At-retirement growth rate projections used by insurers and Sipp providers vary widely, with some projecting 5 per cent returns on cash and others using 9 per cent projections for overseas equities, a report has found.
CTC Software’s growth rates market review points to the risk posed to non-advised drawdown customers who are faced with products and providers claiming different growth expectations for identical or similar portfolio structures.
Some Sipp providers are using the FCA’s maximum 5 per cent cap for rates across the board for all asset classes, arguing an overoptimistic 5 per cent return for cash is offset by a cautious 5 per cent projection for equities. CTC says these providers should be giving discrete projections for each asset class.
The report found insurers’ growth projections were on average higher than those for Sipp providers.
CTC Software managing director Nigel Chambers says: “Our report shows there are still a lot of worrying outliers, with a wide range of numbers being used for projections for the same asset class. We know there are a lot of people taking non-advised drawdown, so it is important for pension consultants advising schemes on selecting a non-advised at-retirement option to ensure that the growth rates being used are realistic.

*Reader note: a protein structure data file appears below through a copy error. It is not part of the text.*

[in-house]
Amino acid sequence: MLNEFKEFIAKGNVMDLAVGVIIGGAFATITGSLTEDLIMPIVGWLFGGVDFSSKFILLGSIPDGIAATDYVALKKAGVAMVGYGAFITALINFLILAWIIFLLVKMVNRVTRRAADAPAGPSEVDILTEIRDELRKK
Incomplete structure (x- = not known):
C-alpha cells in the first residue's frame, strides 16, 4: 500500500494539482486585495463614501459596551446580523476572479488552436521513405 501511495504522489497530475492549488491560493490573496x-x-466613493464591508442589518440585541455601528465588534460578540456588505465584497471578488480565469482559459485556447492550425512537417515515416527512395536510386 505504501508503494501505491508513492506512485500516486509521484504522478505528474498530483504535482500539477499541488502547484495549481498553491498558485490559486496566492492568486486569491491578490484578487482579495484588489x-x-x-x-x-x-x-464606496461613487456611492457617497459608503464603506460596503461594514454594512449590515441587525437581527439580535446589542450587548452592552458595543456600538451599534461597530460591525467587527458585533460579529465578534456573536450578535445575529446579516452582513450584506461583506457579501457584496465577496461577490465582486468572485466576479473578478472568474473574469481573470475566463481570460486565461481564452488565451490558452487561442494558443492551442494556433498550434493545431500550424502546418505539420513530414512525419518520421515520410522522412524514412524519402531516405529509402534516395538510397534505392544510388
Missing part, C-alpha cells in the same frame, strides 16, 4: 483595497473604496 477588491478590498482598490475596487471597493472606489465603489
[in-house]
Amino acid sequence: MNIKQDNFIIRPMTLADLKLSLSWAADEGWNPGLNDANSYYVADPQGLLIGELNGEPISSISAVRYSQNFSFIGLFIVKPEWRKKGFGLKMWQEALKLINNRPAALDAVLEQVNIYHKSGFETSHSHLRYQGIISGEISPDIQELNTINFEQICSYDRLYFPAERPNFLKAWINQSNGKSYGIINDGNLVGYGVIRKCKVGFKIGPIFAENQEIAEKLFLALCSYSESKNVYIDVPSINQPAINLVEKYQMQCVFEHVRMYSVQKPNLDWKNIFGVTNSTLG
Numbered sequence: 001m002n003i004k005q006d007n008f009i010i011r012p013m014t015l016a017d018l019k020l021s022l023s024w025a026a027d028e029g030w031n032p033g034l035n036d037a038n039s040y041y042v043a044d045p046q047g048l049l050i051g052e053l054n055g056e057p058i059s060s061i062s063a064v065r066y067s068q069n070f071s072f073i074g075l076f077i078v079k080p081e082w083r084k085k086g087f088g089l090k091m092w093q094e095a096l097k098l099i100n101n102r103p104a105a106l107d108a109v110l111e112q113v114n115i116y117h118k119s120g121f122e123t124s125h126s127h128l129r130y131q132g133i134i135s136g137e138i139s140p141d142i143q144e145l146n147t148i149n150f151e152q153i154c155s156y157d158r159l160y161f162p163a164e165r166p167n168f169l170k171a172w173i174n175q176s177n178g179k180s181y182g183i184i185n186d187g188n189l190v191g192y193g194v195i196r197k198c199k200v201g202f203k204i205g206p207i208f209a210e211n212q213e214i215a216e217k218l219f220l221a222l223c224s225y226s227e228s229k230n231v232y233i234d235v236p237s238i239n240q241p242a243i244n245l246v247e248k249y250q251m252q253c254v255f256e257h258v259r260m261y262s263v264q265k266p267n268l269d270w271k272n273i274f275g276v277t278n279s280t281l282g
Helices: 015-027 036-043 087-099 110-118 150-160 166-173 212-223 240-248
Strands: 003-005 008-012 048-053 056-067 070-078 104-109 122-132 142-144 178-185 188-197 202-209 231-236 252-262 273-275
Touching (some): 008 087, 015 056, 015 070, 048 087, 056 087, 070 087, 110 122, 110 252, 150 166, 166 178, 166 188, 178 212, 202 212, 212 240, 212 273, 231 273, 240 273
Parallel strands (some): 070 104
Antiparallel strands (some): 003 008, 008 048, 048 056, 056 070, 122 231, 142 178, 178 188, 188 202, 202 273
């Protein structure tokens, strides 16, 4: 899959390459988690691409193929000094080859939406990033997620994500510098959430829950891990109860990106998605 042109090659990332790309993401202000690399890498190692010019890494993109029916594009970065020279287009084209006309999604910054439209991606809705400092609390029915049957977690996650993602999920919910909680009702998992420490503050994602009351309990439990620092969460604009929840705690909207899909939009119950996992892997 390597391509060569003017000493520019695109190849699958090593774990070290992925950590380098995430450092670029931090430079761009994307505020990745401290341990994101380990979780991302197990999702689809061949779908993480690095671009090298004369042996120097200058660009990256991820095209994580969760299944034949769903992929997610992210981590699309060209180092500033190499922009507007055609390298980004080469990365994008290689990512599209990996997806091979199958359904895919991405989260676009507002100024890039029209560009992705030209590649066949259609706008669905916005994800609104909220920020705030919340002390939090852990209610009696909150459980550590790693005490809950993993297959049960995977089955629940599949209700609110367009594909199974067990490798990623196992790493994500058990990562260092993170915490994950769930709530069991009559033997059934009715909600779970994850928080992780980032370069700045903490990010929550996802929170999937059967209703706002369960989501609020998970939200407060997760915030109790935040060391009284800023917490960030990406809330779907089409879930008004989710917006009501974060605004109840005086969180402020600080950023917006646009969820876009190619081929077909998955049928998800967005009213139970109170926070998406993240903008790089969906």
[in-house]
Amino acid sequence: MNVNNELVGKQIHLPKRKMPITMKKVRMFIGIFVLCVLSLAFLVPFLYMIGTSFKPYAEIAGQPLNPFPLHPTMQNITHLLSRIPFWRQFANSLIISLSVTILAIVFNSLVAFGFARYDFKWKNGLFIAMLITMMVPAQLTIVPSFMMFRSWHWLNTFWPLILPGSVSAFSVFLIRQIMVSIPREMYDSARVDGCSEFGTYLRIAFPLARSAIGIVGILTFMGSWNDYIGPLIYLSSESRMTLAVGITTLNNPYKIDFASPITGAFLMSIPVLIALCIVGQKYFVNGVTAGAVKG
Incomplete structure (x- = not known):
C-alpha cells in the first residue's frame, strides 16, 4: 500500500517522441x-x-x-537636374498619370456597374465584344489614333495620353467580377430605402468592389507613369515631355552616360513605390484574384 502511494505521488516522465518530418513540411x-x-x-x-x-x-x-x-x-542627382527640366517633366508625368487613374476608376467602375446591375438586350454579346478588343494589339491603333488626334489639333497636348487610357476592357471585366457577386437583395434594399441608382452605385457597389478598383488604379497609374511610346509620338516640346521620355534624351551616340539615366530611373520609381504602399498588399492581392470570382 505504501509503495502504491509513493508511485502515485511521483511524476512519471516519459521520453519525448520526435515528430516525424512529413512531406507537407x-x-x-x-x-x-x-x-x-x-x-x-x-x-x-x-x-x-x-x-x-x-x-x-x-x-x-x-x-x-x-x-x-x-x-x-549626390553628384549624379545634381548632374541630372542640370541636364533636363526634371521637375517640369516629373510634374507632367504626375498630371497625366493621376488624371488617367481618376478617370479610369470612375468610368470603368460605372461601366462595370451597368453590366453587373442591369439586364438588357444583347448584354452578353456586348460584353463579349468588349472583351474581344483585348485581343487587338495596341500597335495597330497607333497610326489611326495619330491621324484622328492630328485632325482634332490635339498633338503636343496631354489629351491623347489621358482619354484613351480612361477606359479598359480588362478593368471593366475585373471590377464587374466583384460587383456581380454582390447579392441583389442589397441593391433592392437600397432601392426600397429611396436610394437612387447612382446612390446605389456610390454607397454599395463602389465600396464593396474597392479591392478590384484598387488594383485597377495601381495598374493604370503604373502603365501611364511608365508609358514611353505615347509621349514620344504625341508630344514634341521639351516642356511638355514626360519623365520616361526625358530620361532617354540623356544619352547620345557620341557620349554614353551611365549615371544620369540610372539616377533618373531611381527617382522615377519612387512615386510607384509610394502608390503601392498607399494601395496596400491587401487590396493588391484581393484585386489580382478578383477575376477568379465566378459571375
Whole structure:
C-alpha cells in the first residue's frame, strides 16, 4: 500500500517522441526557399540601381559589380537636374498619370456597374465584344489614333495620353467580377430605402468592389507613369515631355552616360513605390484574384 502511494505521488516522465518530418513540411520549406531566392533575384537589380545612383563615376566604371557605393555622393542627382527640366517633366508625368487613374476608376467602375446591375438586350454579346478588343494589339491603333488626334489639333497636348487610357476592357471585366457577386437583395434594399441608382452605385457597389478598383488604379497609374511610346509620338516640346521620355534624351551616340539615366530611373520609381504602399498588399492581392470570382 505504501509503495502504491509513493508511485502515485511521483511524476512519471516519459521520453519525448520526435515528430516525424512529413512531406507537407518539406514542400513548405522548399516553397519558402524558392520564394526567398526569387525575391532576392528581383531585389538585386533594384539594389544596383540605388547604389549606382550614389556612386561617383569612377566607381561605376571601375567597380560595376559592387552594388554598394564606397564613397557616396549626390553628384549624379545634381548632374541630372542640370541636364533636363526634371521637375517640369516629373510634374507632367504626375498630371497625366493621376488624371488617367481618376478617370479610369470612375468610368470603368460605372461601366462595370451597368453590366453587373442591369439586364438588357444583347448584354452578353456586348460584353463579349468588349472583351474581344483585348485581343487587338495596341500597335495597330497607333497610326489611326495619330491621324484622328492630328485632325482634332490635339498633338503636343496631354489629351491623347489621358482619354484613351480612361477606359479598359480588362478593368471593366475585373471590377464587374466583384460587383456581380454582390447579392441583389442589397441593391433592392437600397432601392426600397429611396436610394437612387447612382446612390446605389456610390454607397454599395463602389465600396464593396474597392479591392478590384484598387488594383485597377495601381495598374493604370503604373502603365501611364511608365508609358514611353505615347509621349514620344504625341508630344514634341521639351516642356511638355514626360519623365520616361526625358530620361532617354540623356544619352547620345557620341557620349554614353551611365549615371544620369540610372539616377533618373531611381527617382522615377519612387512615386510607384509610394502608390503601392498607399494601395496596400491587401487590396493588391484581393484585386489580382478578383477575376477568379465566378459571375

“We have a slight concern that growth rates used for SMPI purposes frequently differ from those used for the initial FCA illustrations; although, of course, this is partly due to the difference in rules.
“As in previous years, the diversity of rates used for the projection of cash/deposit holdings particularly stands out and in part shows an ongoing concern relating to the presentation of negative rates of growth once inflation is taken into account. One of the core messages the pensions industry still needs to get across is that savings for the longer term need, in substantial part, to be invested in assets that can be expected to provide a real rate of return and is in part related to the complete lack of understanding amongst consumers generally relating to the balance between risk and reward. The billions of pounds invested in building societies and cash Isas where consumers are effectively losing purchasing power year on year bears witness to this.
“It is particularly notable that at least in some areas the Sipp providers seem to be more conservative in the growth rates they are using than the Insurers whereas many would have thought the opposite to be true.”